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J Dent Educ. 2019 Jul 8. pii: JDE.019.126. doi: 10.21815/JDE.019.126. [Epub ahead of print]

Humanities in Predoctoral Dental Education: A Scoping Review.

Author information

1
Kyriaki C. Marti, DMD, MD, MHPE, PhD, CHSE, FEBOMFS, is Clinical Assistant Professor, Departments of Oral and Maxillofacial Surgery, Periodontics and Oral Medicine, Cariology, Restorative Sciences, and Endodontics, University of Michigan School of Dentistry; Anastassios I. Mylonas, DMD, PhD, PhD, MD, is Research Associate, Clinical Instructor, and Associate Director, Departments of History and Philosophy of Medicine and Oral and Maxillofacial Surgery, Schools of Medicine and Dentistry, National and Kapodistrian University of Athens, Metropolitan Hospital; Mark MacEachern, MLIS, is an Informationist in Research and Informatics, Taubman Health Sciences Library, University of Michigan; and Larry Gruppen, PhD, is Professor, Department of Learning Health Sciences, University of Michigan Medical School. kyriaki@med.umich.edu.
2
Kyriaki C. Marti, DMD, MD, MHPE, PhD, CHSE, FEBOMFS, is Clinical Assistant Professor, Departments of Oral and Maxillofacial Surgery, Periodontics and Oral Medicine, Cariology, Restorative Sciences, and Endodontics, University of Michigan School of Dentistry; Anastassios I. Mylonas, DMD, PhD, PhD, MD, is Research Associate, Clinical Instructor, and Associate Director, Departments of History and Philosophy of Medicine and Oral and Maxillofacial Surgery, Schools of Medicine and Dentistry, National and Kapodistrian University of Athens, Metropolitan Hospital; Mark MacEachern, MLIS, is an Informationist in Research and Informatics, Taubman Health Sciences Library, University of Michigan; and Larry Gruppen, PhD, is Professor, Department of Learning Health Sciences, University of Michigan Medical School.

Abstract

Health humanities usually includes such disciplines as philosophy, ethics, history, literature, performing arts, and cultural anthropology. The aims of this scoping review were, first, to search the published literature for references to the humanities in predoctoral dental education and, second, to determine if any research studies found that introducing humanities in dental education improved the overall profile of dental graduates. Literature searches were run in Ovid MEDLINE, Embase, ERIC, CINAHL, and Dentistry and Oral Sciences Source. A total of 248 articles were included in the review, with inclusion criteria comprising the areas of the curriculum, the scope of humanities, and predoctoral dental education. Of those articles, 101 referred in a targeted way to ethics in predoctoral dental education, while others mainly referred to the humanities in general or pointed out the role and place of humanities topics in predoctoral dental curricula. Topics covered included professional ethics, music, narrative learning, theater, art, communication skills, empathy, emotional intelligence, and cultural competence in the context of general humanistic education. The review found limited evidence of a clear impact, either short-term or long-term, of humanities education in predoctoral dental education. Reflections on humanistic education in the practice of clinical dentistry were sparse, as mainly documented by development of the ideal dentist-patient relationship, enhancement of empathy for patients, and most importantly, construction of professional moral values.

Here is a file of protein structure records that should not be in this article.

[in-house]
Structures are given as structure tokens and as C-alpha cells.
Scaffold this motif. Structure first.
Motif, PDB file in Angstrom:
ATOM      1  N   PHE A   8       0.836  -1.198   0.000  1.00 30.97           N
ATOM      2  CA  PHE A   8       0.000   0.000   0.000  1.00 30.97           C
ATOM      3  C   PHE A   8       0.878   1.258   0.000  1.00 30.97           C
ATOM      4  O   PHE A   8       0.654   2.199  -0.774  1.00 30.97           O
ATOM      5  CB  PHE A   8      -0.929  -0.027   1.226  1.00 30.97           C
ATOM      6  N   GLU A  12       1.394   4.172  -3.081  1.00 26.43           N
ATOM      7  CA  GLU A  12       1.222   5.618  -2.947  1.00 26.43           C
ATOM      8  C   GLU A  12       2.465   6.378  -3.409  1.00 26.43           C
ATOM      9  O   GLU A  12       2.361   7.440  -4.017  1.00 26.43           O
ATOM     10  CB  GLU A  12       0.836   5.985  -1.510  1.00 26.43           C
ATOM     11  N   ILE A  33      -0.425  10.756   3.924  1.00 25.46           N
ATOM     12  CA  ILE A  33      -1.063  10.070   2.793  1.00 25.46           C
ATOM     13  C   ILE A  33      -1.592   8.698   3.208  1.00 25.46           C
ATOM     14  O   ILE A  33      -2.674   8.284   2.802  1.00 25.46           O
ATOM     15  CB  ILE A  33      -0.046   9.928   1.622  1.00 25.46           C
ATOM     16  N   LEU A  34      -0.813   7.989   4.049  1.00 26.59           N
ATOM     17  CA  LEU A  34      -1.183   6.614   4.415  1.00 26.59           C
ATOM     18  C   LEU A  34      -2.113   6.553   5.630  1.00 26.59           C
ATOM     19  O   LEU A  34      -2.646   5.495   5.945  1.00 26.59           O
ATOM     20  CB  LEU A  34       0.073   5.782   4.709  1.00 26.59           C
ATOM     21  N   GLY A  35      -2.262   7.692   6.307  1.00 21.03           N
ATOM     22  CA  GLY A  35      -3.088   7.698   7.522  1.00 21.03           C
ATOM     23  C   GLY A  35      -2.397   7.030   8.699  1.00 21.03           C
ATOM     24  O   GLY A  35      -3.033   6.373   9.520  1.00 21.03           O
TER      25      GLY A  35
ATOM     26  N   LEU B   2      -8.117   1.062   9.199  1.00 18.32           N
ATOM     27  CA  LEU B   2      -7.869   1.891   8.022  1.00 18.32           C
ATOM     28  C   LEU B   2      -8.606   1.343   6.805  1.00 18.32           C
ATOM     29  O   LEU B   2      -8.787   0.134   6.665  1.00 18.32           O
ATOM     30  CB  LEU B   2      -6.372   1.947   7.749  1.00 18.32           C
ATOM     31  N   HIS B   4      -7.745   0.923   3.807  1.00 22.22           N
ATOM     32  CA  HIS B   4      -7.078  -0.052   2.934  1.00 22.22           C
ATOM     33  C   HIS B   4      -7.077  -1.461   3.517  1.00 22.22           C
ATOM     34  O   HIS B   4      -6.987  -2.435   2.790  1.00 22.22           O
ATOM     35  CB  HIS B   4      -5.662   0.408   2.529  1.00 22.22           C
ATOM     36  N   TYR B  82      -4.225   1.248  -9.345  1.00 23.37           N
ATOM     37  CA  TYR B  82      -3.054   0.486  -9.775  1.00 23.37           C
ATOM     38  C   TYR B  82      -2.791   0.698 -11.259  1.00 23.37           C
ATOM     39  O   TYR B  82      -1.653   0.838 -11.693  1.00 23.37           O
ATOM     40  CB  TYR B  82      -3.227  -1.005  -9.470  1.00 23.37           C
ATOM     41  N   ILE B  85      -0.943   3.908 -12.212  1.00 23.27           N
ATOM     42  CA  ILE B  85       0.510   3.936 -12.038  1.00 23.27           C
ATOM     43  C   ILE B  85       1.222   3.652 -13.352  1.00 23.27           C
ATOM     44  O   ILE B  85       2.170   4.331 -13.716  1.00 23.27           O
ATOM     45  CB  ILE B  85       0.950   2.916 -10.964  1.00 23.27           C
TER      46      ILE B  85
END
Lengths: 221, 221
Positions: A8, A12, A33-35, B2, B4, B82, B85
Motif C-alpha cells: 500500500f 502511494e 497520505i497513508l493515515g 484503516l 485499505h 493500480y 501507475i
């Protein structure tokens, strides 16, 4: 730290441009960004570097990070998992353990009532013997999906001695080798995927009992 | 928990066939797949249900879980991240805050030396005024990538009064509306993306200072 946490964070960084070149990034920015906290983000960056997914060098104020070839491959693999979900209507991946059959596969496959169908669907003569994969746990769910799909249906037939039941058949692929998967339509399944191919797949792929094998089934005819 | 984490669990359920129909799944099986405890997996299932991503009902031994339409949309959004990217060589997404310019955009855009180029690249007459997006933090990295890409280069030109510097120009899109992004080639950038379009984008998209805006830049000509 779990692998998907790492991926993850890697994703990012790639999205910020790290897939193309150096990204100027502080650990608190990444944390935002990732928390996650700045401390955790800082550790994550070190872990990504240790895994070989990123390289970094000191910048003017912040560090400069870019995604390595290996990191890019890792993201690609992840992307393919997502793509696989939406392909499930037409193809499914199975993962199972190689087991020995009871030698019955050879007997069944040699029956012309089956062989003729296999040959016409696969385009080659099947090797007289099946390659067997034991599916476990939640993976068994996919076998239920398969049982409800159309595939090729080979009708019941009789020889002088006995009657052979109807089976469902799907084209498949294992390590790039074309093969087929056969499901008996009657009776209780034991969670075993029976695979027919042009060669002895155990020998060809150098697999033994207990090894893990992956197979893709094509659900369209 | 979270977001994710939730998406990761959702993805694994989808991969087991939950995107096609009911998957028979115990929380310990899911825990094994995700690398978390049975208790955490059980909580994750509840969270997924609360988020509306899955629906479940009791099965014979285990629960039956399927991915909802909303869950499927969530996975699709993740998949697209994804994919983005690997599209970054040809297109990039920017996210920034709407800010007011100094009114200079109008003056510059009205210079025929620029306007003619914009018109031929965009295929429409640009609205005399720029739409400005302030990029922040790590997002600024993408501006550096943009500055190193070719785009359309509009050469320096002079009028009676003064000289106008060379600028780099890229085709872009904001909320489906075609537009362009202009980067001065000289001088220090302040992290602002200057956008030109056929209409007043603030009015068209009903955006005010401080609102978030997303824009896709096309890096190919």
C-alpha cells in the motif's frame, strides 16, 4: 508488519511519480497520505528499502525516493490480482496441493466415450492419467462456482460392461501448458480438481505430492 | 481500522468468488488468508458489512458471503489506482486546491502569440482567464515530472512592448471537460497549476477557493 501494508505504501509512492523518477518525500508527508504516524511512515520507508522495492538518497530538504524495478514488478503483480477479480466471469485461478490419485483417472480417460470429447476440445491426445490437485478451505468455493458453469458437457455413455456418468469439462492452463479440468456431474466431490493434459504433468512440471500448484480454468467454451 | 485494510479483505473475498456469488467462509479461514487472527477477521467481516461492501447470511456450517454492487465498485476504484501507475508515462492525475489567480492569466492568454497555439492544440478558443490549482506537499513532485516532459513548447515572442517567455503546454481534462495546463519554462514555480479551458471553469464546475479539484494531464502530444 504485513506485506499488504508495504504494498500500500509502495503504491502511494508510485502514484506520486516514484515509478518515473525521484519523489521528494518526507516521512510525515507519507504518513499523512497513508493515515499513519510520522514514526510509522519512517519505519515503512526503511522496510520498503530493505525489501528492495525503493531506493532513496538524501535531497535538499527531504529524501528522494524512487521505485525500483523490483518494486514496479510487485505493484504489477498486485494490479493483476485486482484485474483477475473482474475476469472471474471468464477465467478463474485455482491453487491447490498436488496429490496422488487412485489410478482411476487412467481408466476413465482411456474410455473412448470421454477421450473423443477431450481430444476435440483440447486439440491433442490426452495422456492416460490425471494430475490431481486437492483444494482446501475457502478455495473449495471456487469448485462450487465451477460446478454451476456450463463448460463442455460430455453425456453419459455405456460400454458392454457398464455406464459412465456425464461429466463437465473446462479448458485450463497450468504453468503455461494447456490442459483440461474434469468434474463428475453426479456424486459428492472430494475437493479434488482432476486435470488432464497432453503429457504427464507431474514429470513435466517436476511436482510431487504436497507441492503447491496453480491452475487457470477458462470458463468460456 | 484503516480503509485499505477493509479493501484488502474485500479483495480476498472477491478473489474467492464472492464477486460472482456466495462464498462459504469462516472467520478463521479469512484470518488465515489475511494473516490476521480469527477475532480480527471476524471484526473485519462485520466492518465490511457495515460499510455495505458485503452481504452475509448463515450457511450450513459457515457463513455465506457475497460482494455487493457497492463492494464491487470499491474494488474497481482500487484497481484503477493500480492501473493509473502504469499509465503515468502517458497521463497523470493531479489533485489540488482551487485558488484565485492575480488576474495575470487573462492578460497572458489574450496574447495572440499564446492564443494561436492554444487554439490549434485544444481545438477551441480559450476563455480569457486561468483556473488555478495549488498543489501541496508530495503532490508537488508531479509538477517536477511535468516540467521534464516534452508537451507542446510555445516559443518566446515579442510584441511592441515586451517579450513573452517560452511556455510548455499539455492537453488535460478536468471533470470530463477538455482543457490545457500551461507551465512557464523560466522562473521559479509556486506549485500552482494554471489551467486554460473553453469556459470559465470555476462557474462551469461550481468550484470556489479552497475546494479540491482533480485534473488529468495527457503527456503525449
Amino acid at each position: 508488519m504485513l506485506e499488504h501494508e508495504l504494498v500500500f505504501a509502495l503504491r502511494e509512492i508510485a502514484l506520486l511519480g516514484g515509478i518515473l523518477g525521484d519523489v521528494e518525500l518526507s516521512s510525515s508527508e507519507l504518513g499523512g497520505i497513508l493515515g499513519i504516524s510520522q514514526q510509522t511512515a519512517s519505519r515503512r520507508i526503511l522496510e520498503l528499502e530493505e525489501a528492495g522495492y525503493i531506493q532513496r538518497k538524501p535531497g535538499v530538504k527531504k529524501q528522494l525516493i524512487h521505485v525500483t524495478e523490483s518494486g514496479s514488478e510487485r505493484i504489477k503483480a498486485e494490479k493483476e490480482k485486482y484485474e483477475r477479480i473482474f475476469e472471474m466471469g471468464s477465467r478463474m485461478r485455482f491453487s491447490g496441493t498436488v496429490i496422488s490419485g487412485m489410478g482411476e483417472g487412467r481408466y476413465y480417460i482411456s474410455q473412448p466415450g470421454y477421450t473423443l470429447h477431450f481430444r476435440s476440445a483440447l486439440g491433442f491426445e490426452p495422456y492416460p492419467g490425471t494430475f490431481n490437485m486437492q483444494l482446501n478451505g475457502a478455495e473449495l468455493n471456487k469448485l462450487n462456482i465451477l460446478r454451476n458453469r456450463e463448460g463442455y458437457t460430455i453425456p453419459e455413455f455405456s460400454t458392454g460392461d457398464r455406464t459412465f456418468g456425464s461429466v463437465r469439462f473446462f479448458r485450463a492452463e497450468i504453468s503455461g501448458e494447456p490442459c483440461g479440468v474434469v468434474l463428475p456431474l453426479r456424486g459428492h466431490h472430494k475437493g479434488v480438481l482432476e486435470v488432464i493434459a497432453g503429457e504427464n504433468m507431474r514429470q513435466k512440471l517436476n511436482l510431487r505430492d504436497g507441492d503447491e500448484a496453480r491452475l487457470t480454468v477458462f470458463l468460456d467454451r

KEYWORDS:

academic integrity; cultural competence; curriculum; dental education; ethics and professionalism; humanities

PMID:
31285365
DOI:
10.21815/JDE.019.126

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